The enormous growth of archaeological work has meant the establishment of archaeology as an academic discipline; few important universities anywhere in the world are now without professors and departments of archaeology. There are now a very large number of scholarly journals in the field, as well as a considerable body of popularized books and journals that attempt to bridge the gap between professional and layman.
Some archaeologists call everything they do out-of-doors fieldwork, but others distinguish between fieldwork, in a narrower sense, and excavation. Fieldwork, in the narrow sense, consists of the discovery and recording of archaeological sites and their examination by methods other than the use of the spade and the trowel. Sites hitherto unknown are discovered by walking or motoring over the countryside: deliberate reconnaissance is an essential part of archaeological fieldwork.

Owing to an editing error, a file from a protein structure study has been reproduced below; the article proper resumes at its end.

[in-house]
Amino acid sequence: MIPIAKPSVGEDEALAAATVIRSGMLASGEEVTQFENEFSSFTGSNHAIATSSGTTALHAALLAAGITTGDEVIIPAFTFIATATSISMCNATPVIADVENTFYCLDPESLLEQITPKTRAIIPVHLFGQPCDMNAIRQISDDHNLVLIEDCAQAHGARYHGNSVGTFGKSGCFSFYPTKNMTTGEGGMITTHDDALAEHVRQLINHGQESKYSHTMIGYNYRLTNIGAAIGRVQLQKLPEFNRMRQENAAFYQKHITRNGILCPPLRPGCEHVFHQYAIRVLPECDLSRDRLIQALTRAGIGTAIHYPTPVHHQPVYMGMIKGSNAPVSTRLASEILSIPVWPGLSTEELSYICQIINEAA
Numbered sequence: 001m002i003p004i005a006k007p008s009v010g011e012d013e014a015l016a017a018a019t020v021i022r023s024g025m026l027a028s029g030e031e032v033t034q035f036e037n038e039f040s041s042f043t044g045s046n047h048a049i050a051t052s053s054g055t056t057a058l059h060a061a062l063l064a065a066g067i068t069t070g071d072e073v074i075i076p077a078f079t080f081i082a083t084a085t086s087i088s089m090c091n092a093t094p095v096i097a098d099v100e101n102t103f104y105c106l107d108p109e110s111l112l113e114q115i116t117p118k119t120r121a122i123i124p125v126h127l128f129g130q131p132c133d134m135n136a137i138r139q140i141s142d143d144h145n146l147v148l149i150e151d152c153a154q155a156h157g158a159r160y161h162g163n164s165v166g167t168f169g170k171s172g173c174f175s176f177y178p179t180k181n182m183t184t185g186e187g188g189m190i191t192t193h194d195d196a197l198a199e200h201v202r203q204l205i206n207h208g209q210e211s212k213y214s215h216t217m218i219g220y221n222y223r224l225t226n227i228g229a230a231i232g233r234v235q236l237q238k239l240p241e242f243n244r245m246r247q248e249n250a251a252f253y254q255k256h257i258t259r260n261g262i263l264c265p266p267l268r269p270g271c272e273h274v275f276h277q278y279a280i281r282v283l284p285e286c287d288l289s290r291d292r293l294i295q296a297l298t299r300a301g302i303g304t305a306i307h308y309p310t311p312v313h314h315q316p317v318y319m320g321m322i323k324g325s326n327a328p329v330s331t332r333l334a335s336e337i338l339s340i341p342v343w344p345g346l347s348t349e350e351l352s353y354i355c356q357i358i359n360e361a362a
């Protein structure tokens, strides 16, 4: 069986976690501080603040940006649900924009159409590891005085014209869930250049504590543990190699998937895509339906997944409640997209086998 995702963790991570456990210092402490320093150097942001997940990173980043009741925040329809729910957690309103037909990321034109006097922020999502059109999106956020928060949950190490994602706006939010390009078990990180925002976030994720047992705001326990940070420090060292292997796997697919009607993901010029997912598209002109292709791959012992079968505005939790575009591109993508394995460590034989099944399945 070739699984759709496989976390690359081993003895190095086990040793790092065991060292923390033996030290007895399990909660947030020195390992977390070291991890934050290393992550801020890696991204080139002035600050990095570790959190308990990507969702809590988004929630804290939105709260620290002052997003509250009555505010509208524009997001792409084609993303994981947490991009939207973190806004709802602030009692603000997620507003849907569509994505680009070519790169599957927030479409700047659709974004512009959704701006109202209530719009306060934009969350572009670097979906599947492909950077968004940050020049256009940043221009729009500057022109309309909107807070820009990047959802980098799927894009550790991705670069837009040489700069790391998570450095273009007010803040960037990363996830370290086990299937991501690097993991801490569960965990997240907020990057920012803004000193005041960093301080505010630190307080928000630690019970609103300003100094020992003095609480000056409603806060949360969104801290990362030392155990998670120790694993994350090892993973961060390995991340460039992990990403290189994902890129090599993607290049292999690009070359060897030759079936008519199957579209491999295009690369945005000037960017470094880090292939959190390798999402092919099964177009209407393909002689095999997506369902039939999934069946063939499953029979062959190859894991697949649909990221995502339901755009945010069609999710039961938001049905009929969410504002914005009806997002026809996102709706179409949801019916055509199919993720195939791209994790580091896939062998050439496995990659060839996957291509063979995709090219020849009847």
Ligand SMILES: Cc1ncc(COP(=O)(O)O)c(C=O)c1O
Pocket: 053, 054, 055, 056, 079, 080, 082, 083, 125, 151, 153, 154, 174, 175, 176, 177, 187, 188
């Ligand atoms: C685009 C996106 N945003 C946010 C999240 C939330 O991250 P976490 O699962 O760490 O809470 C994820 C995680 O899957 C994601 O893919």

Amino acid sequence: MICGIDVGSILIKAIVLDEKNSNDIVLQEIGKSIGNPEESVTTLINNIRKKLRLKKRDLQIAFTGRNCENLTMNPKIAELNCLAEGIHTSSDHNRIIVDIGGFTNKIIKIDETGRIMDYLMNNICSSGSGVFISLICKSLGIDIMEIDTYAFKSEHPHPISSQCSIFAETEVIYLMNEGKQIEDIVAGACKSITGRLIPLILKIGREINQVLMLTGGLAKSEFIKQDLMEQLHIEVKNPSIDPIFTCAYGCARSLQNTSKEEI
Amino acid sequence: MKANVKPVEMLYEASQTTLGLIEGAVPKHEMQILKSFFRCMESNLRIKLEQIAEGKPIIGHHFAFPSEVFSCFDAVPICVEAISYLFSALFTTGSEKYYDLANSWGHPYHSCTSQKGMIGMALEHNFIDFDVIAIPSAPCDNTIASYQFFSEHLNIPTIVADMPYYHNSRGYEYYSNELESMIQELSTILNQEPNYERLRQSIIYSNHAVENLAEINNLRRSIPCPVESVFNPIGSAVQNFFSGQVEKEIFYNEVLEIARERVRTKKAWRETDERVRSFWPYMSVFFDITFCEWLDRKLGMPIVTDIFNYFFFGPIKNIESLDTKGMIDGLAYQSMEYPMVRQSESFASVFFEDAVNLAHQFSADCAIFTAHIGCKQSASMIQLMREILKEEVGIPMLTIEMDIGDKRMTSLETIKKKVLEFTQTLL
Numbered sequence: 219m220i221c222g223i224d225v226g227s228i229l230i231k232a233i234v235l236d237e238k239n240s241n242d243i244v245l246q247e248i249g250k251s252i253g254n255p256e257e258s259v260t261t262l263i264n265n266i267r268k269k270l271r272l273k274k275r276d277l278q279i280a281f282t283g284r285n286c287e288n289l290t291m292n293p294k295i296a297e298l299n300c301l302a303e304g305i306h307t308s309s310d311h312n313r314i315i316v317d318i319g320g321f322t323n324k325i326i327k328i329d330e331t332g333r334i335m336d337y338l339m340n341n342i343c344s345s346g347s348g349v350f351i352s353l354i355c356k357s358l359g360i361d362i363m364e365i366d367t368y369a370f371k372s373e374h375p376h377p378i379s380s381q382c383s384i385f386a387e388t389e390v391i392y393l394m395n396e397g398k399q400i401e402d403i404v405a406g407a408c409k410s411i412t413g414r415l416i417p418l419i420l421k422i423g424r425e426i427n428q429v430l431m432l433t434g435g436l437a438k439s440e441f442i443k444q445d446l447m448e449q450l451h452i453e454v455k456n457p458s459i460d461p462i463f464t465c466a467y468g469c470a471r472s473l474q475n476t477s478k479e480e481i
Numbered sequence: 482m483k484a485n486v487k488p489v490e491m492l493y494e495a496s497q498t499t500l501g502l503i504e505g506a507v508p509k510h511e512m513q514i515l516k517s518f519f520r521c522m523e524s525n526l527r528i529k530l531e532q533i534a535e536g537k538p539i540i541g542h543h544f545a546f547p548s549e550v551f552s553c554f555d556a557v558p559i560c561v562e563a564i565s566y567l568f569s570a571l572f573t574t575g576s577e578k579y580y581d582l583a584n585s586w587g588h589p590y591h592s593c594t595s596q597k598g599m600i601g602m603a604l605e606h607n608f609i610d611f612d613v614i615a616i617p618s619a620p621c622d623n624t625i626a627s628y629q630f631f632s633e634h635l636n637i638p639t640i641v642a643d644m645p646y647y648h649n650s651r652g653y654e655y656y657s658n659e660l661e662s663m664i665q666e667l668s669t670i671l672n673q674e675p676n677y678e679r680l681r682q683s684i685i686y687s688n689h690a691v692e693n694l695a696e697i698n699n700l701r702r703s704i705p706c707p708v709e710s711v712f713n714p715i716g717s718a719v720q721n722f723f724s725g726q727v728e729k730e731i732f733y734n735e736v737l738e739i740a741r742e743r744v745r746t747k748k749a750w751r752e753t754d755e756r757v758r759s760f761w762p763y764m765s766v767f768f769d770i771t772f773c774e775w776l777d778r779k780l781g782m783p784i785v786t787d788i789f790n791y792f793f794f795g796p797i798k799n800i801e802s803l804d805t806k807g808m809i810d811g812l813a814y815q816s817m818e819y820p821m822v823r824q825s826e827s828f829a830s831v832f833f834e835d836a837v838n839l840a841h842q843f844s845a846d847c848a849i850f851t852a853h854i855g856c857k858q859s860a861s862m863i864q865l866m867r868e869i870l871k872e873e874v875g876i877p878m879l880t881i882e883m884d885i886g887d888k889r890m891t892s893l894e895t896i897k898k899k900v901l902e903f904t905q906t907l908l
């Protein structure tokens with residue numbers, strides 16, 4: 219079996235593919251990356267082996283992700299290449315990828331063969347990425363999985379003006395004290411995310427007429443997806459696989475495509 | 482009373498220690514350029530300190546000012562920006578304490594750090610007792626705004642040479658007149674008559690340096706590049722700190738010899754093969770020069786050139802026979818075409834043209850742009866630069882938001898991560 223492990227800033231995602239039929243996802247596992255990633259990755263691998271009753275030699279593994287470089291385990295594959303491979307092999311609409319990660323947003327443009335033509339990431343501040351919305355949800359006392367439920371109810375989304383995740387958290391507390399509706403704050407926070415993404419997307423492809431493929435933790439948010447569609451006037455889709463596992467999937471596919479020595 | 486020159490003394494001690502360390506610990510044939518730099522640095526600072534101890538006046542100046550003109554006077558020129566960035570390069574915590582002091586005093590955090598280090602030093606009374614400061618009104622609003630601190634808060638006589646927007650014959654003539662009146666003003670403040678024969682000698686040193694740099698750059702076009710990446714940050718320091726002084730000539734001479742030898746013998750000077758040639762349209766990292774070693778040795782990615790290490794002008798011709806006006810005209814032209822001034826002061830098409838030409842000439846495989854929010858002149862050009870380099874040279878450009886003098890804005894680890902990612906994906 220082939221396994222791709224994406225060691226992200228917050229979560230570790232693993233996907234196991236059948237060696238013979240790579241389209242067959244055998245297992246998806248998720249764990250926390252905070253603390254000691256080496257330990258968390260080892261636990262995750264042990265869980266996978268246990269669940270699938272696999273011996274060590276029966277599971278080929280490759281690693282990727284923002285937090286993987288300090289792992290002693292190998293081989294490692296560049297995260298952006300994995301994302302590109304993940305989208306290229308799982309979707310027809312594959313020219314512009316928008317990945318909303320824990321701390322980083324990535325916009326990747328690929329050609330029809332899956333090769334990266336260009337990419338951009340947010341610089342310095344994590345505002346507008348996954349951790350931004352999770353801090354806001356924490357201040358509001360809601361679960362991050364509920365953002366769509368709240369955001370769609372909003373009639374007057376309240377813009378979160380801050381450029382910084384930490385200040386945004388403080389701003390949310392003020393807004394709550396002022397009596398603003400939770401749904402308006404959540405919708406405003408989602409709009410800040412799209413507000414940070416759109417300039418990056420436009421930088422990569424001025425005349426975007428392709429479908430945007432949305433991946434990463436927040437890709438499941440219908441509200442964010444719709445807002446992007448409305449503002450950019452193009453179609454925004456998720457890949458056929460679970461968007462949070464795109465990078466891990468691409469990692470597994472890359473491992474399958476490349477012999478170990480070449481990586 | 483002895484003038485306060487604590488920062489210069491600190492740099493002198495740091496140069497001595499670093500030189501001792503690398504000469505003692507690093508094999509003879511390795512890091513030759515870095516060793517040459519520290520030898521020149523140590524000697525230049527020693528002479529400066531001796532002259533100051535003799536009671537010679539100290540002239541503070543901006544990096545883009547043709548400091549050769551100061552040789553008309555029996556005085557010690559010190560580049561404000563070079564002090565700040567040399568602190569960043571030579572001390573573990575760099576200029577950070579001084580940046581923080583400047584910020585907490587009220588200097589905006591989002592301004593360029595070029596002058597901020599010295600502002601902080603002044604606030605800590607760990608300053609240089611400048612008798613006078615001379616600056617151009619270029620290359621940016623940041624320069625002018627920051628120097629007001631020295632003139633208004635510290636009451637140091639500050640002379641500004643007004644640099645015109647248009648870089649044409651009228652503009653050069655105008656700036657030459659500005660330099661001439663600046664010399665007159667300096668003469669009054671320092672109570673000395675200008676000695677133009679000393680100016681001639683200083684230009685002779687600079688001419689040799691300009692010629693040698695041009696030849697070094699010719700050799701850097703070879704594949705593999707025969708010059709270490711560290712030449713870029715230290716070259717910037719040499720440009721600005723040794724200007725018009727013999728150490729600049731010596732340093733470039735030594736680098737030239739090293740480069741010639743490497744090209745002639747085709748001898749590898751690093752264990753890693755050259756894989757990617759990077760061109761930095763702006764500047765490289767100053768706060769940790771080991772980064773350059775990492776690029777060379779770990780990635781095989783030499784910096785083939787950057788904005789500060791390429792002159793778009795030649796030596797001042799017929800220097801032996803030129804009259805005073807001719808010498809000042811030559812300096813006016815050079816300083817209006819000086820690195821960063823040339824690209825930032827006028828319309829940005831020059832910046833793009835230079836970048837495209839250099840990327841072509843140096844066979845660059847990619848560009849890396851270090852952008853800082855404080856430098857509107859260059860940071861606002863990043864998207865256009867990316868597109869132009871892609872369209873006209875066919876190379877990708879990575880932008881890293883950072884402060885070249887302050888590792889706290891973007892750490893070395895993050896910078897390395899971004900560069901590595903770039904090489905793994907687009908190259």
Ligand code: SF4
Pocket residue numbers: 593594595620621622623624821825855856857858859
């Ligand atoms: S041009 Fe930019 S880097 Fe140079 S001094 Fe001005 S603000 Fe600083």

In Europe, a study of old records and place-names may lead to the discovery of long-forgotten sites. The mapping of new and old sites is an essential part of archaeological survey. This process has been brought to a very high standard of perfection, both in the marking of archaeological sites on ordinary topographical maps and in the production of special period maps. The distribution map of artifacts, especially when studied against the background of the natural environment, is a key method of archaeological study.